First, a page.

You Are the Answer

/ Posted 01.26.2013
How does obesity affect your personal economy?

ironmanmagazine.comMany are looking to put the blame for our uncertain economy anywhere but on that reflection in the mirror. A strong national economy starts with a strong personal economy. I don’t think it’s a coincidence that one of the worst economies we’ve experienced is accompanied by one of the worst health crises in history.

The proof is all around us. Many are gripped by epidemic levels of physical disaster—obesity, diabetes, heart disease, depression and cancer. It is costing not only the individual but the country as well. The cost of medical care for obesity-related health problems in the United States in 2008 was $147 billion—and that’s just the tip of the iceberg!

How does obesity affect your personal economy? When you’re not at your best physically, everything suffers. You don’t have the energy to produce what you should. You aren’t as creative as you could be. You take longer than you should to do tasks. You become a burden on an already strapped health-care system and possibly even your children.

You’re also not as smart. President John Kennedy famously said, “Physical fitness is not only one of the most important keys to a healthy body, it is the basis of dynamic and creative intellectual activity.” I think he was trying to say that if you want to be a good thinker, you need to get into the gym and be a bit of a stinker.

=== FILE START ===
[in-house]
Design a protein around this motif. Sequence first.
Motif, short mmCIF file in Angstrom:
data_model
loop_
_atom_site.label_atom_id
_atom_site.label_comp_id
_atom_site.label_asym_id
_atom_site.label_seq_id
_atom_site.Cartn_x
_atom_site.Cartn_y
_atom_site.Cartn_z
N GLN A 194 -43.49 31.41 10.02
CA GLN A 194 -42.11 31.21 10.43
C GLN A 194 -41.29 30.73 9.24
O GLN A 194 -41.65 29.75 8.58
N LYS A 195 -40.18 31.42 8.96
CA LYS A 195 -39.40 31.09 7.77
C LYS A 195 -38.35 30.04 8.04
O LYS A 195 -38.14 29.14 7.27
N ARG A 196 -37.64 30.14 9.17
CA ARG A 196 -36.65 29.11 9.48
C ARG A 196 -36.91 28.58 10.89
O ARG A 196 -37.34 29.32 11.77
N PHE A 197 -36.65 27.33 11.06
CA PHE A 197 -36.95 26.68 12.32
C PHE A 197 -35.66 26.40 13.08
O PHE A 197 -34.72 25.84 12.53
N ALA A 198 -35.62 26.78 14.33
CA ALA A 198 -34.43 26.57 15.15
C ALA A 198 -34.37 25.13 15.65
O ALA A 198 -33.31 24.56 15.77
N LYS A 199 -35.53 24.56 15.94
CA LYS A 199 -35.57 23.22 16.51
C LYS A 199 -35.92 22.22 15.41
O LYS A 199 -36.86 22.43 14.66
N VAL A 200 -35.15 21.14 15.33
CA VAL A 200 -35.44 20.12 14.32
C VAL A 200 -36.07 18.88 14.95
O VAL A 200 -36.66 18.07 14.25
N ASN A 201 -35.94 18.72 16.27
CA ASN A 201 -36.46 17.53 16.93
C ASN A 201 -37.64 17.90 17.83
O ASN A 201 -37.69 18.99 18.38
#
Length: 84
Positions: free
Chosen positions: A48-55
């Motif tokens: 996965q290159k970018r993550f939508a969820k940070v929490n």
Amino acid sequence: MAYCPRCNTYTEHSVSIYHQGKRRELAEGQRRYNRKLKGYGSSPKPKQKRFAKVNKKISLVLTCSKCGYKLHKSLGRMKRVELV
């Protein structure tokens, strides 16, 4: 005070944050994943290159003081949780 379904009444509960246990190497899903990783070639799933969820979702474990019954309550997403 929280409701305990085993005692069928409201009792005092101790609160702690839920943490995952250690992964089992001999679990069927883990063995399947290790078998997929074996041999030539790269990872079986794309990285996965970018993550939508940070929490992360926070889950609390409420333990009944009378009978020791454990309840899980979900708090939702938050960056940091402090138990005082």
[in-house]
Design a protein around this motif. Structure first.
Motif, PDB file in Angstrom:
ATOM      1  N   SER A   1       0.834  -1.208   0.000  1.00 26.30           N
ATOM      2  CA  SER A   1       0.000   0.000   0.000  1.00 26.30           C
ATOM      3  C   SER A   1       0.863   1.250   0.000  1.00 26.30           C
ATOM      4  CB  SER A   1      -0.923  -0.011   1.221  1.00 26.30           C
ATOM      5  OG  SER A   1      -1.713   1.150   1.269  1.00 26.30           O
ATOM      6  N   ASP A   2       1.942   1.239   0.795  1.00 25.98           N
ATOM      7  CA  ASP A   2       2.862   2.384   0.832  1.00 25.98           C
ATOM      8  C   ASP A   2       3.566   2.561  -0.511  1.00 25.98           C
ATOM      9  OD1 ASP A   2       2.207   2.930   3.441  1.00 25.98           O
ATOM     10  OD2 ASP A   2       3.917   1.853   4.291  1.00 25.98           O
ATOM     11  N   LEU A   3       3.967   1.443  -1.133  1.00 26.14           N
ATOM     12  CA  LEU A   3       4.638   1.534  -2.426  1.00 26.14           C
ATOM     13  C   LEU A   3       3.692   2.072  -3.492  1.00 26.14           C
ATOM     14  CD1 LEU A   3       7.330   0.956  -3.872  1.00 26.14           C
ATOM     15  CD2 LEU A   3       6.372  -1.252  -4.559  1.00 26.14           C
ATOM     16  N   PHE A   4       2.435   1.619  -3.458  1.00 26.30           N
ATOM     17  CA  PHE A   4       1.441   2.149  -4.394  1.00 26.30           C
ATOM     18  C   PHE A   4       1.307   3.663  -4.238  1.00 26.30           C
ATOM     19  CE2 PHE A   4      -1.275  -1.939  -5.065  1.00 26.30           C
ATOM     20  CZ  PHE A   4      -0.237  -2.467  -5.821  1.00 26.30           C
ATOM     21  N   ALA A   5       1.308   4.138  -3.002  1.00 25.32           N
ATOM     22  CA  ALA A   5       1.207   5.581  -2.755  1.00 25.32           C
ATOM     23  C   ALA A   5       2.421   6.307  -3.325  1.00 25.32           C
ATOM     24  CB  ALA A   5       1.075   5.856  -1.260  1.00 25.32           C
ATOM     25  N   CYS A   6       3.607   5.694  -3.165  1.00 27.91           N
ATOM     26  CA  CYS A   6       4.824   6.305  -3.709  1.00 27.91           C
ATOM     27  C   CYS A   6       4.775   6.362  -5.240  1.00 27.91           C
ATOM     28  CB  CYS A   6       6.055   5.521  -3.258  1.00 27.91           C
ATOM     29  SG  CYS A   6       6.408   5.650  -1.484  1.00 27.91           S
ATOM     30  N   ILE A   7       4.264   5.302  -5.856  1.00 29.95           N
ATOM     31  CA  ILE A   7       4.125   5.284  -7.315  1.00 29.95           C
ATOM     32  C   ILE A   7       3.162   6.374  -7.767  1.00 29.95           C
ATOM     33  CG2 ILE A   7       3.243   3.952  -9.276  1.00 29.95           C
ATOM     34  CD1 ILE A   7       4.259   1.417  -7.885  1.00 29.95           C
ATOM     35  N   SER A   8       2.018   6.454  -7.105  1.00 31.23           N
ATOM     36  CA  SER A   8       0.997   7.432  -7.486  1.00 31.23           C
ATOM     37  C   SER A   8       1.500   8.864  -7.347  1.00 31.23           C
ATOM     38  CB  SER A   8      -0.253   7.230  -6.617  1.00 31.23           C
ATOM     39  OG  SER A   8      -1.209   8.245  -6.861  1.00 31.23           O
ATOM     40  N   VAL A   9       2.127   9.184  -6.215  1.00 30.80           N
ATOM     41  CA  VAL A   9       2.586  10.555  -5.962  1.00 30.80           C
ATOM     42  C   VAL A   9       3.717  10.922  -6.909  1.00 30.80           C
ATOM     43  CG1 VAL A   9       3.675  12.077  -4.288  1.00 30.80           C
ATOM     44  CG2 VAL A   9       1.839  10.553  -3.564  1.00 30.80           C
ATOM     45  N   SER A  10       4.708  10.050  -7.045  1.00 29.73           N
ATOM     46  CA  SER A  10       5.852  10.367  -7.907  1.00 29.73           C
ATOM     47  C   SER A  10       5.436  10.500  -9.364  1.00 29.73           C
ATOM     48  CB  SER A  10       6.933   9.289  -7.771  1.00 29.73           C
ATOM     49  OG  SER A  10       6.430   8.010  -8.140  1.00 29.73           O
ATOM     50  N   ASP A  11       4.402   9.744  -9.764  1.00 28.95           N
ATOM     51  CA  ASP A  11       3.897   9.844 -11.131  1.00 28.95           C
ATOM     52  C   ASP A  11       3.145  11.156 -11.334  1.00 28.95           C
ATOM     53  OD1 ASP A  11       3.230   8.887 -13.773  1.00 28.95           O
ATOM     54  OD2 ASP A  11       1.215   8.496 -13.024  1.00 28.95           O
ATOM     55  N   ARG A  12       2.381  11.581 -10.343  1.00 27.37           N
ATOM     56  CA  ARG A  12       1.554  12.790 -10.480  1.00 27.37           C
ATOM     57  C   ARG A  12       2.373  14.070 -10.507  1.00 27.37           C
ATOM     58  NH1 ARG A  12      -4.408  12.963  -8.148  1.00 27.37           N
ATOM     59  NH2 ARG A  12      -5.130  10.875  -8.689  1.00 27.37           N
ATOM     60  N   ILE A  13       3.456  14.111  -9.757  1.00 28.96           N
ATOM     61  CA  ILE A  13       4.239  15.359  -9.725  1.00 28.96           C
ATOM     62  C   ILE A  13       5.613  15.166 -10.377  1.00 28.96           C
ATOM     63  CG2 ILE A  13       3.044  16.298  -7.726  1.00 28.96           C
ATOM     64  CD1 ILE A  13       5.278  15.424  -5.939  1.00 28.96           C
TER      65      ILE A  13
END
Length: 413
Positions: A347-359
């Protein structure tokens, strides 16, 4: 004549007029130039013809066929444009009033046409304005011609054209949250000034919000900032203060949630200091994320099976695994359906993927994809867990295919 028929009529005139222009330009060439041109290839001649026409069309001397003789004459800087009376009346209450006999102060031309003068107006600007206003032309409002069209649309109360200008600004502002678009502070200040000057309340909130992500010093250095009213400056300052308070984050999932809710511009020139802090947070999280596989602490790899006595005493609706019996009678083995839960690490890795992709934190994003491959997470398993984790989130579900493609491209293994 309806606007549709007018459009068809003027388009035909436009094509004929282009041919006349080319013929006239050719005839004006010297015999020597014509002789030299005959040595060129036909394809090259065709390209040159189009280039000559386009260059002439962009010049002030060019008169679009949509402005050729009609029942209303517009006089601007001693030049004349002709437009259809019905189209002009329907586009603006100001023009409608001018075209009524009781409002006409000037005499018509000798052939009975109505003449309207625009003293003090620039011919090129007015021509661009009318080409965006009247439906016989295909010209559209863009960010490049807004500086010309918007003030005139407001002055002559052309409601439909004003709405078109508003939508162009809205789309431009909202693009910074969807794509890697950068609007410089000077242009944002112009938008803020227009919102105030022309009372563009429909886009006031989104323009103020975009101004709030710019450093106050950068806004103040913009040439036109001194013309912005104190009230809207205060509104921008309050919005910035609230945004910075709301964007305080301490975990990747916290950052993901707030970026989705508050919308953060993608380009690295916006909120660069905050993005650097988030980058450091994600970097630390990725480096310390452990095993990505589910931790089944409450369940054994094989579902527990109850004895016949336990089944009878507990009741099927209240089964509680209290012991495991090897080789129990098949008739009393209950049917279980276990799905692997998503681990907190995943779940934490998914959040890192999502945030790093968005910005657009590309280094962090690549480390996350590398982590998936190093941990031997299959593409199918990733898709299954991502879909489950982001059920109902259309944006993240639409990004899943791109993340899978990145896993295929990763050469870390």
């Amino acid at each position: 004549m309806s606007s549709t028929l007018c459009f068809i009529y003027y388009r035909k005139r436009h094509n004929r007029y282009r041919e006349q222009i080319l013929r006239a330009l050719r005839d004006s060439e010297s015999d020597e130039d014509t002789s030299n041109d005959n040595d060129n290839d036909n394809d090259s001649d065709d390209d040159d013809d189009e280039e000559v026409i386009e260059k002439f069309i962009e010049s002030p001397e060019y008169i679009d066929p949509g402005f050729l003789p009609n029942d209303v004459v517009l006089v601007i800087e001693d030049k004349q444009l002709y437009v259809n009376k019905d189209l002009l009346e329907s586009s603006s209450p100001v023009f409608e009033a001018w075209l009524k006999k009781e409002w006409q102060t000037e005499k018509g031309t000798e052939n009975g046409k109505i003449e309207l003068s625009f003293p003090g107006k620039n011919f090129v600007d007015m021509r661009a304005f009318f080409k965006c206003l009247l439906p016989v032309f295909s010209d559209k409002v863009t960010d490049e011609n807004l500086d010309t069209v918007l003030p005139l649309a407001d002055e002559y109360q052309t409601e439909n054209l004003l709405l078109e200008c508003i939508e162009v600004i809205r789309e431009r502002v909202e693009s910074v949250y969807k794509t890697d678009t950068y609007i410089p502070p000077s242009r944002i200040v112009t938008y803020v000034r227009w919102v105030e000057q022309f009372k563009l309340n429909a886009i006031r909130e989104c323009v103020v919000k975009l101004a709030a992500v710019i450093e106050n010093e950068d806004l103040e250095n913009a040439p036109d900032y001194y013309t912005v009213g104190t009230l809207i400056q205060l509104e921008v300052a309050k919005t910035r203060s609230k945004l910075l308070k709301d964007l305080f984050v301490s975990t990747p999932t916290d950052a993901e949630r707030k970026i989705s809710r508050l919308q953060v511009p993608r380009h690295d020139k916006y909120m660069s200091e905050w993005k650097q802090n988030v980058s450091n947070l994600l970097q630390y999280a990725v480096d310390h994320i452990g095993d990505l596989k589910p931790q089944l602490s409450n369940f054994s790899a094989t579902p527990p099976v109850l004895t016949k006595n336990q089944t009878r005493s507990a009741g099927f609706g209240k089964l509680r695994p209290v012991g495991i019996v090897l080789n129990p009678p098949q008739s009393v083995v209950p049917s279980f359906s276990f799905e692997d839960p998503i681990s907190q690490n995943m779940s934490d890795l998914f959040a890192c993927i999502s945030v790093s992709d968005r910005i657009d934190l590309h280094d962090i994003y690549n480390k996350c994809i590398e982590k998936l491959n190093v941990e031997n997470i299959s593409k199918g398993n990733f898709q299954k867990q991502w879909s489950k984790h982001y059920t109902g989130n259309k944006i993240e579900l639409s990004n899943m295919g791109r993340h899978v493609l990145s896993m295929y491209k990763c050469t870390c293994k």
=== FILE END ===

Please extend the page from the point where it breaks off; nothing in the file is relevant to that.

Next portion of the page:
The fact is, the same blood that flows through your body also flows through your mind. If you have healthy, oxygenated blood, your body and mind will operate at peak performance. If you have thick, fat-laden blood oozing through your veins, your body and mind will be sluggish.

As an IRON MAN reader, you know that the bodybuilding lifestyle keeps you healthy, strong, energetic, vibrant and muscular as you age, especially if you train smart without destroying your joints.

Want a strong economy? Start helping those around you to live the IRON MAN lifestyle with these four simple steps:

 

1) Follow a sound nutrition plan.

2) Exercise regularly—weight training is key.

3) Drink plenty of water.

4) Get enough rest.

 

Taking responsibility for ourselves would transform us as a nation. The most valuable currency we have today is human performance, and each of us is here to serve with our talents, abilities and skills. When you neglect yourself, you’re damaging your most valuable asset and denying your best contribution to society. As an IRON MAN reader you already know that. Help spread the word!

—John Rowley
OldSchoolNewBody.com


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